A cripple. Two women, one a non-Jew. An outcast. The son of a prostitute. An intermarried vigilante. Israel, meet your unlikely heroes.
When the Jewish people’s regular cadre of leaders fail to provide adequate national solutions, God needs to draw on the fringes of society to bring salvation. When Devorah calls to Barak, she is only telling him to do the work that he should have been doing already. “Has not God commanded you to pull the people to Mount Tabor?” The command she is referring to, the Midrash explains, was the command to defeat the enemy given to Moshe, passed on to Yehoshua, and still left incomplete. The leadership, despite its best efforts, have left the people in a situation of such chaos and insecurity that people can’t walk the streets safely (see chapter 5:6). It is left to the “volunteering nation”, God bless them, to provide solutions.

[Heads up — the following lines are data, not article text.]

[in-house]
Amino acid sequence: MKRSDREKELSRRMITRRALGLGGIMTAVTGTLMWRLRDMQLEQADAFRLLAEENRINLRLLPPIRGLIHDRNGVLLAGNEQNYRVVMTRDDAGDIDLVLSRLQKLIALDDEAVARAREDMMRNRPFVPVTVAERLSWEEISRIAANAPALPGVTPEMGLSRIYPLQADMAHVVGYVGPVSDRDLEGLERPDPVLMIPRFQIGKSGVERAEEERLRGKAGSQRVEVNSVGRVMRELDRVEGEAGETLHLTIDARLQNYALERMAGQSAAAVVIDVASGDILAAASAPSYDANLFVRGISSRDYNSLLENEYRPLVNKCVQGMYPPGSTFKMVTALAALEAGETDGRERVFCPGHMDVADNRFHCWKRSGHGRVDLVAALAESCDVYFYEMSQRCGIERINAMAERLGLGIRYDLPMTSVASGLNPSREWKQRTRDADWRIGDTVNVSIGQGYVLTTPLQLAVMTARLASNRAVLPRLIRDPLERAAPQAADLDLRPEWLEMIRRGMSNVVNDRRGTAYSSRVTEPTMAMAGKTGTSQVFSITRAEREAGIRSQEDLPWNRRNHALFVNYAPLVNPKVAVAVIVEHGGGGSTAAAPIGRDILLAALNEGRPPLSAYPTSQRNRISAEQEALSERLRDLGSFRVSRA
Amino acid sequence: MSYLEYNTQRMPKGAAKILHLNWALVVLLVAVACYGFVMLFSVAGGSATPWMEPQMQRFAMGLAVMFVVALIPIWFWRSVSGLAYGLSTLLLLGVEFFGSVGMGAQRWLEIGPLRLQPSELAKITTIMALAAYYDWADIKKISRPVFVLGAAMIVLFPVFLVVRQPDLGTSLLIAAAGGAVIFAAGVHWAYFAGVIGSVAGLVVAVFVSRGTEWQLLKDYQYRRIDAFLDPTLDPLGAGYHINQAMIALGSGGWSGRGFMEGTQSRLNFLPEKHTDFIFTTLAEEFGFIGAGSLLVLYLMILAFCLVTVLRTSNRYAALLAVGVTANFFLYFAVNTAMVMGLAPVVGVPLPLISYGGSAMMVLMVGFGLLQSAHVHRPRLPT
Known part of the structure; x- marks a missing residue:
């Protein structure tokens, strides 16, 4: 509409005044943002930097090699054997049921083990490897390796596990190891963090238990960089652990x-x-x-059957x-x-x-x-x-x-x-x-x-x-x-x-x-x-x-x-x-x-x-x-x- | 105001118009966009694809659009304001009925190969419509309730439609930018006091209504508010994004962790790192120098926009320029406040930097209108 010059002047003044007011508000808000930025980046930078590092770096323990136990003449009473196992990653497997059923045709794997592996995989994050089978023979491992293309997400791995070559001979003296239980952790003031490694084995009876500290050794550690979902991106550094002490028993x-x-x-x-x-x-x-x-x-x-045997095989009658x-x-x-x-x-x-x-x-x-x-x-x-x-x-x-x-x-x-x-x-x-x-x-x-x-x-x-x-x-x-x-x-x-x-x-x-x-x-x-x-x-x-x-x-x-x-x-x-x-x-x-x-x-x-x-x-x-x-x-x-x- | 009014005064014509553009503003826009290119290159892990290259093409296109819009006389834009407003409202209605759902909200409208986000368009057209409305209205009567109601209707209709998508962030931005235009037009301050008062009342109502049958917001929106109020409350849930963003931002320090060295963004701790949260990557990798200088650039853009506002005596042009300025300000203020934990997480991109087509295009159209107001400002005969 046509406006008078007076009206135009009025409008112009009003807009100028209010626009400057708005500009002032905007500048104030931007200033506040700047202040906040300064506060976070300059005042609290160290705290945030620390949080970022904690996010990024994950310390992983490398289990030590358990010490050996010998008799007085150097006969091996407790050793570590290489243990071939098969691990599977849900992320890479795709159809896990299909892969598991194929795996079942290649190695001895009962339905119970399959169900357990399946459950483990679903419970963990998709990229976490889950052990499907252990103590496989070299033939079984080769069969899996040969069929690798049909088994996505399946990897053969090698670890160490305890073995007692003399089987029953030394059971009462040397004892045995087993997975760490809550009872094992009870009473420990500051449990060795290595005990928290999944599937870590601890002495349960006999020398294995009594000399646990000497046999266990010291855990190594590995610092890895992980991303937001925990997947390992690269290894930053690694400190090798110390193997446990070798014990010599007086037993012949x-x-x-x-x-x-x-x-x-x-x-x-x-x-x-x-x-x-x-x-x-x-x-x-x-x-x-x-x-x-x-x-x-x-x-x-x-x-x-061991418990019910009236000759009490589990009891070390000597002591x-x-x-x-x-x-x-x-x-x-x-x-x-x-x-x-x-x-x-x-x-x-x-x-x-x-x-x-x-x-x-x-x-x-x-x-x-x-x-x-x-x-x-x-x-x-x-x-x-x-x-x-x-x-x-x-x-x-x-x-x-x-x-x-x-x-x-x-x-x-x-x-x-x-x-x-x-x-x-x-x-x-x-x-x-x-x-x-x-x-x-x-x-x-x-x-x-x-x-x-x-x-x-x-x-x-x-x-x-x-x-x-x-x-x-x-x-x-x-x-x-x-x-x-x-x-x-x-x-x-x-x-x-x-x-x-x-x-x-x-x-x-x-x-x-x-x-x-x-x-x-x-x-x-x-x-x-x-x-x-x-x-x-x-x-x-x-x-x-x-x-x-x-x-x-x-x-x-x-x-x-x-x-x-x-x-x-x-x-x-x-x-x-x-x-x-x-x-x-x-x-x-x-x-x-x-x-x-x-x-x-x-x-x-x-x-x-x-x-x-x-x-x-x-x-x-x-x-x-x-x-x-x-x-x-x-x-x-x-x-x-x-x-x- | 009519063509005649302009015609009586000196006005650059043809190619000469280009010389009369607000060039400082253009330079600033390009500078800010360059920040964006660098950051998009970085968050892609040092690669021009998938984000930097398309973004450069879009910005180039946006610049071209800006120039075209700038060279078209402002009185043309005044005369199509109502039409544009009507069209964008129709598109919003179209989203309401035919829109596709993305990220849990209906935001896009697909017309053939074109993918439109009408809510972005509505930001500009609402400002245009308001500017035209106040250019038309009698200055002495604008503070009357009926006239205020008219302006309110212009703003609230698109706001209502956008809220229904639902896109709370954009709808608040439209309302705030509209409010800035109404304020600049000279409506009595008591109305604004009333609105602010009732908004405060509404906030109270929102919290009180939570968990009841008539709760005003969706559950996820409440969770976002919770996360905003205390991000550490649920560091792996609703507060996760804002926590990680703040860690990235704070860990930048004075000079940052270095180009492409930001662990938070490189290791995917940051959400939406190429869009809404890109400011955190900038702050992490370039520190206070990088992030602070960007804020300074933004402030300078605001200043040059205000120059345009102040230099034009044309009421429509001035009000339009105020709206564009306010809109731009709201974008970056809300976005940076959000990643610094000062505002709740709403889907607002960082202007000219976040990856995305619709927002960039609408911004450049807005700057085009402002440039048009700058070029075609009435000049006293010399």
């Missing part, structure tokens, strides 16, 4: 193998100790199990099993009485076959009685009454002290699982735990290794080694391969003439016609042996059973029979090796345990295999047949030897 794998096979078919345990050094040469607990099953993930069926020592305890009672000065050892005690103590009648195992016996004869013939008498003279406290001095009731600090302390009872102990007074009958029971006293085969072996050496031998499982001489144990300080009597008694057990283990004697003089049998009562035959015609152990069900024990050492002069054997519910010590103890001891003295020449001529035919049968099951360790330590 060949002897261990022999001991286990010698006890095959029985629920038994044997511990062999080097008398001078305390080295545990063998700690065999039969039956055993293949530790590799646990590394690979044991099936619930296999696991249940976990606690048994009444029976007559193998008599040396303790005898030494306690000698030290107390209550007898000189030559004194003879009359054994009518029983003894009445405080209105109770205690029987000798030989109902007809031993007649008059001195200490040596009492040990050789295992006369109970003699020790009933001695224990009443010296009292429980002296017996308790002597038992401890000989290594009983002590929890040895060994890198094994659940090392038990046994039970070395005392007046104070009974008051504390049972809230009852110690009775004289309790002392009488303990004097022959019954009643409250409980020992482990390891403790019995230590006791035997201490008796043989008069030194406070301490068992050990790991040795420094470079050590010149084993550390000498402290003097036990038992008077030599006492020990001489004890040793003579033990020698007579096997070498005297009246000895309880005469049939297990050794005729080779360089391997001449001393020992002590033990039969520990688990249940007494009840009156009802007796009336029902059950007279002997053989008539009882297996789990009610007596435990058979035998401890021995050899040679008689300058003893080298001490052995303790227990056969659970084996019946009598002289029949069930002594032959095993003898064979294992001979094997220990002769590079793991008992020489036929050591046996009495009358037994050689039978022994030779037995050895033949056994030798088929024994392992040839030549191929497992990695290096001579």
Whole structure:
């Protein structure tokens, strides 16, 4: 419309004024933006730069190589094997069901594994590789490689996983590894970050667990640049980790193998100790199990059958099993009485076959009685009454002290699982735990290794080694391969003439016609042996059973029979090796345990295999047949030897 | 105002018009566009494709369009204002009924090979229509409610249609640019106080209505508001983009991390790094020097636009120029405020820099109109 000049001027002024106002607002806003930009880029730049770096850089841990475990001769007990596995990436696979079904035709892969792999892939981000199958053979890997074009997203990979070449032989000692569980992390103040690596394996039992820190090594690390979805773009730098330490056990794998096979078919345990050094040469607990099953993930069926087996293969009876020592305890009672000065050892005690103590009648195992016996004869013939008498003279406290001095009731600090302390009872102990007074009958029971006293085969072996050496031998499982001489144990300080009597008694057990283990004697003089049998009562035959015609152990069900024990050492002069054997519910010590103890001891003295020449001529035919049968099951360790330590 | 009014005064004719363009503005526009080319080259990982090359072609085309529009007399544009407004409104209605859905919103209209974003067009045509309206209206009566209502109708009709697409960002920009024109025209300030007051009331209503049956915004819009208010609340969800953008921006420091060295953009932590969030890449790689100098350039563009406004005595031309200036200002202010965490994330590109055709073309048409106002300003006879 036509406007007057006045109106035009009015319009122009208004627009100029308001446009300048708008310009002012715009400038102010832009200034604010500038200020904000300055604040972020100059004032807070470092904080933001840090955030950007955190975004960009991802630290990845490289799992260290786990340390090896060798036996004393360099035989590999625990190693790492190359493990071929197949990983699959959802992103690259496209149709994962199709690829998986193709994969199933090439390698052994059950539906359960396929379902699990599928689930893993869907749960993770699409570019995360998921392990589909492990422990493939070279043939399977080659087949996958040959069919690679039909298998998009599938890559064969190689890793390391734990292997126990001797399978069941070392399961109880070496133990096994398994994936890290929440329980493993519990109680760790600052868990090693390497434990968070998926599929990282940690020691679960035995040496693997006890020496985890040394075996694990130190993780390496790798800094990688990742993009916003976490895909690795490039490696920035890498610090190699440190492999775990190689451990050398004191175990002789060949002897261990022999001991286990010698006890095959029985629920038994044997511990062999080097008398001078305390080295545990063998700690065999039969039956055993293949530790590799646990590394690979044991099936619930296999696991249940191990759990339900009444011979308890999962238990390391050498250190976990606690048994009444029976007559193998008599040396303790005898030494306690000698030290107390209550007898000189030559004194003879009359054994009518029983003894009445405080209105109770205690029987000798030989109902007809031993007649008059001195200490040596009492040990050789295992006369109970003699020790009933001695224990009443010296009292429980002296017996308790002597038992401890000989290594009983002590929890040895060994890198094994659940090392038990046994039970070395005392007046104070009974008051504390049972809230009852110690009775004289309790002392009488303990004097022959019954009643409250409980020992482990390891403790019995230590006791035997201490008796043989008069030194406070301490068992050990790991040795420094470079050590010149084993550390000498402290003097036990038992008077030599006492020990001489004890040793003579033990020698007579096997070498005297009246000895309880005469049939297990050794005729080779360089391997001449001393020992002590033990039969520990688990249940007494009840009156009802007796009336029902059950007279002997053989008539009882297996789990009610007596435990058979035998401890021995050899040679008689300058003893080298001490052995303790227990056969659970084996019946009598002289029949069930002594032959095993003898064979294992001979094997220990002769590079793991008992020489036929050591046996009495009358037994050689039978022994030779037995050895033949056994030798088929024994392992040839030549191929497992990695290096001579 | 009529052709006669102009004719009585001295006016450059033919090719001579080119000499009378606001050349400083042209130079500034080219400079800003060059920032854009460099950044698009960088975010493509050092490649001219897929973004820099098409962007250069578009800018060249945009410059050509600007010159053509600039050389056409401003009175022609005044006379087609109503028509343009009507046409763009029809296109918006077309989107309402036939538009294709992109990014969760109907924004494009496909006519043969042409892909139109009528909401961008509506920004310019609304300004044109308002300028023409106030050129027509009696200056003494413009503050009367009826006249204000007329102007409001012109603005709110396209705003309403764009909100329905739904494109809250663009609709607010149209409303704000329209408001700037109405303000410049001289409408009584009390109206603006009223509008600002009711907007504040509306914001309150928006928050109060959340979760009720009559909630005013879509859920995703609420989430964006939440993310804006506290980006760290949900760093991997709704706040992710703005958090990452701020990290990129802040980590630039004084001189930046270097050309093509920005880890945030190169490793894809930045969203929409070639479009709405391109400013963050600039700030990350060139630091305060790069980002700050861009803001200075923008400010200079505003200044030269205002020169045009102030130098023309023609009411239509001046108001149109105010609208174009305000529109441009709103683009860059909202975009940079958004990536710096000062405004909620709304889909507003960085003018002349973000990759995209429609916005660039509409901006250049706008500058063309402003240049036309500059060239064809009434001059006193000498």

But do the solutions provided by these fringes, these volunteers, meet the standards we’d expect from our leaders? Does Ehud’s trickery, or Yael’s seduction and murder of a sleeping man, stand up to our moral expectations? Are the tactics of Gidon, or of Shimshon, the highest expression of Jewish ethics of war? Unsurprisingly, no. When it is ordinary people who must volunteer to fill the void, we can only expect ordinary answers, and ordinary answers tend to be morally messy.
This is a blog following the daily study of Tanach along with the wonderfully challenging 929 project. Learn more about it at 929.org.il